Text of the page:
When it went on sale at NCABC for $16.95, I picked up a fifth of 2 Gingers Irish Whiskey to give it a whirl. I’ve been trying to expand my horizons and to give time to other spirits besides Bourbon and Scotch. Most proclaim Irish Whiskey to finish sweeter than Bourbon and Scotch and thus far I have found that to be true. 2 Gingers is just a tad sweeter than some blended Scotch, but not cloying. I drank it neat and found it tasty neat, but not overly complex and borderline boring. It had honey, citrus, and a light spice attribute. I’m sure it was crafted for mixing and it would be just fine for that purpose. It was a good choice to accompany food and I had several meals and snacks with a glass nearby. I probably would not stock the bar with 2 Gingers, but if you were running out to a party and wanted an Irish Whiskey which would not assault your palate and would pair well with whatever your host brought out it would be an excellent choice. Couple that to a low price and I can see it becoming the life of the party. On the other hand, if you want to sit on the couch and contemplate life I might seek out something with more character because we all philosophize best with a complex beverage in our hand. 😉

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BJCP Exam Policy

There was some recent discussion on the BJCP Forum about Exam Admins saving seats for homebrew club members which led to discussion on the BJCP Facebook Group about requiring examinees to pretest to have a seat in the exam. Well the BJCP has a clear policy on the matter. It states:

6. Sponsors may not require examinees to take a training course, or to belong to a specific homebrew club or organization. Any qualified person is permitted to take a registered exam.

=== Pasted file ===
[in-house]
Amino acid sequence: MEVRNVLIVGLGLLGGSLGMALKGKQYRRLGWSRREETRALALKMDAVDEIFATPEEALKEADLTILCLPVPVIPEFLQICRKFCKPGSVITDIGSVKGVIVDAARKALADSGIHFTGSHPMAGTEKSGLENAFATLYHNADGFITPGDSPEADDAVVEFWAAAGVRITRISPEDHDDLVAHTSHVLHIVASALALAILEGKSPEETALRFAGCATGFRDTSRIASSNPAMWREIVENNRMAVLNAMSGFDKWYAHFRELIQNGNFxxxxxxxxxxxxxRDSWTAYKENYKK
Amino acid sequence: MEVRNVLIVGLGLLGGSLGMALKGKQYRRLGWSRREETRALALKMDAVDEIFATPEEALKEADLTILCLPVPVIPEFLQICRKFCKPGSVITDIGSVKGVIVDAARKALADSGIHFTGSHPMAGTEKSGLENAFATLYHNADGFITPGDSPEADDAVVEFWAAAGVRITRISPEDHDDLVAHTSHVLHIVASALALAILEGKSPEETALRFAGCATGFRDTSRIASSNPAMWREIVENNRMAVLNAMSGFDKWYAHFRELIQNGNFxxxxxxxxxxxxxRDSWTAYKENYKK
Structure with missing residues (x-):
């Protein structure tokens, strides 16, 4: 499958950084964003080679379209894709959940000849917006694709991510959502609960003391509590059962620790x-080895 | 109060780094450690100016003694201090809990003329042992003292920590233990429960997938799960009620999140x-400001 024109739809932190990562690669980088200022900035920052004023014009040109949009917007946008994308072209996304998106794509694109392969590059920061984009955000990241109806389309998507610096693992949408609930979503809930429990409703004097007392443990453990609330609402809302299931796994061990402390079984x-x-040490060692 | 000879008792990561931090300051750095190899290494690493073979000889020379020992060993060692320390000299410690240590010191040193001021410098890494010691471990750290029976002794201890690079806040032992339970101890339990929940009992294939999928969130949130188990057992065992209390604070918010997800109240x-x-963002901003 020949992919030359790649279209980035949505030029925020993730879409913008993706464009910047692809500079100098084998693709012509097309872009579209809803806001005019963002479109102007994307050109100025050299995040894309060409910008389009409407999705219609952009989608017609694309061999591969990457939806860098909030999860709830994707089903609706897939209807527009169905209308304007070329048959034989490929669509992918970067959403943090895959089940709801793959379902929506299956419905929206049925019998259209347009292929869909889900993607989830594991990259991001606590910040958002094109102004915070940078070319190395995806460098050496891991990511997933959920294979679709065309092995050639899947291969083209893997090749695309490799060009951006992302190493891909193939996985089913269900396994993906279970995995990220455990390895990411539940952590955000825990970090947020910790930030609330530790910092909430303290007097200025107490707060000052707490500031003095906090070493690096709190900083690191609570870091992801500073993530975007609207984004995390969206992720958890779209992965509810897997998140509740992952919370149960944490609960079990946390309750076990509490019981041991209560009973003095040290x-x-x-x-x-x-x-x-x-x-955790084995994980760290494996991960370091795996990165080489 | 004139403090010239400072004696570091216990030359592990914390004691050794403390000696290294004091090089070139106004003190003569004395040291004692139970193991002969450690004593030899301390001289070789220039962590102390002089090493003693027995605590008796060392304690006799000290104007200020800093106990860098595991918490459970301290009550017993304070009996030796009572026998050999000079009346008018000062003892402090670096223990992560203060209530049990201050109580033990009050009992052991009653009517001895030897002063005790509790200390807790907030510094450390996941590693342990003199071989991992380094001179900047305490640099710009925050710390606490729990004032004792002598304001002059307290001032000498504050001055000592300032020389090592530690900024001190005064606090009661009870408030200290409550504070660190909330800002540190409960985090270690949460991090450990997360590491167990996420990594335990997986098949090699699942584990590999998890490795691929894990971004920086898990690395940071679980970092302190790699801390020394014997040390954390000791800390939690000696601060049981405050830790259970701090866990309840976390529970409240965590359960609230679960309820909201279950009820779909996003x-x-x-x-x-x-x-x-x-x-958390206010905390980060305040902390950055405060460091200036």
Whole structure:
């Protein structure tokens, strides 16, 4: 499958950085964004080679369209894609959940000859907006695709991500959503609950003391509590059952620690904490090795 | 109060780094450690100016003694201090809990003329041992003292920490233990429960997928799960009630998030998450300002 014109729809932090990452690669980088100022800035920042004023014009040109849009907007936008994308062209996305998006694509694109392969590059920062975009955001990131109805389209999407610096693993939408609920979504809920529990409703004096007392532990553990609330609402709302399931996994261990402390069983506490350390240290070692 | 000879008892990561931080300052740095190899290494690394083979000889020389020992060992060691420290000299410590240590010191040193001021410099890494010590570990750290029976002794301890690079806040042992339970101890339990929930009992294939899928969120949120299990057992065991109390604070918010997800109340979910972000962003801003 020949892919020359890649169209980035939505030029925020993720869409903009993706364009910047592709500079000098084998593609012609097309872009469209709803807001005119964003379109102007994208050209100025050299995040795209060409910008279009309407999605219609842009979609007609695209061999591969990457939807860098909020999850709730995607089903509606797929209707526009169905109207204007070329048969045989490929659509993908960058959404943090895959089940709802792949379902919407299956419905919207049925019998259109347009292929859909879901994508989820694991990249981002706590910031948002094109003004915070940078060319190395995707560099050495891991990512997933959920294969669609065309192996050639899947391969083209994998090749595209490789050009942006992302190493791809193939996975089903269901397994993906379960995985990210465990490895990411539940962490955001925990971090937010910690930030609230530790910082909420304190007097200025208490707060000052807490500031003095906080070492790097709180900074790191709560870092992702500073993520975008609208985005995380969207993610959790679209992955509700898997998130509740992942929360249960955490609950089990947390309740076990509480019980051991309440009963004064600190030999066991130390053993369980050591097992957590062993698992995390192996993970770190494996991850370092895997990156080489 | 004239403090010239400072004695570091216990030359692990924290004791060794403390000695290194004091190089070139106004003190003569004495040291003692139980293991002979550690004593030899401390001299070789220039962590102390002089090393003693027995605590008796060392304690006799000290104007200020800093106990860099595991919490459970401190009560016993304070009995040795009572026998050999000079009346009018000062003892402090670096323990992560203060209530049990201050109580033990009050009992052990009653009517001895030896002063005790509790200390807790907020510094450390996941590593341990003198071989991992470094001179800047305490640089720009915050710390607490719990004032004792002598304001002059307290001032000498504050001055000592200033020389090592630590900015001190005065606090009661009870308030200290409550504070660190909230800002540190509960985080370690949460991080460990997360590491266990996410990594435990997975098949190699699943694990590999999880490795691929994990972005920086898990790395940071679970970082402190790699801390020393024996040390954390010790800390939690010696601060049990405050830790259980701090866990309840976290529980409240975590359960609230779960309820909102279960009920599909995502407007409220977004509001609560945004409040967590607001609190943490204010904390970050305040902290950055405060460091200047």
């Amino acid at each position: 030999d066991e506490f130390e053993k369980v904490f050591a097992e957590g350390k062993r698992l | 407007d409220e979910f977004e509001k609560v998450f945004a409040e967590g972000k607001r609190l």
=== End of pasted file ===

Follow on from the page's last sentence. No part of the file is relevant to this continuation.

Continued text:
That apparently was not clear enough for some so the Exam Directorate clarified the policy on Facebook.

Exam Administrators are not to reserve seats for clubs or study sessions as BJCP exams are to be open to anyone qualified. Basically there is not to be any restrictions beyond the BJCP requirements to reserve a seat. This includes being a member of a club, attending a study session or any pre-testing for qualification (other than BJCP entrance exam). If anyone becomes aware of one of these situations, please contact your Regional Rep, the Assistant Rep or Exam Director.

Reserving of seats should be on first come first serve. We understand opening reservations at time of exam registration can lead to a long wait list with people who are flooding lists looking for exams. This leads to a very high drop out rate as these people find other exams. It is acceptable to set a date which reservations will start being accepted, 1-3 months is generally enough lead time. As an exam admin you just need to provide that same info to everyone in order to maintain an open, and fair, opportunity to everyone. If someone contacts you prior to the reservation period, just inform them of the date you will start taking reservations so they can follow back up with you at that time.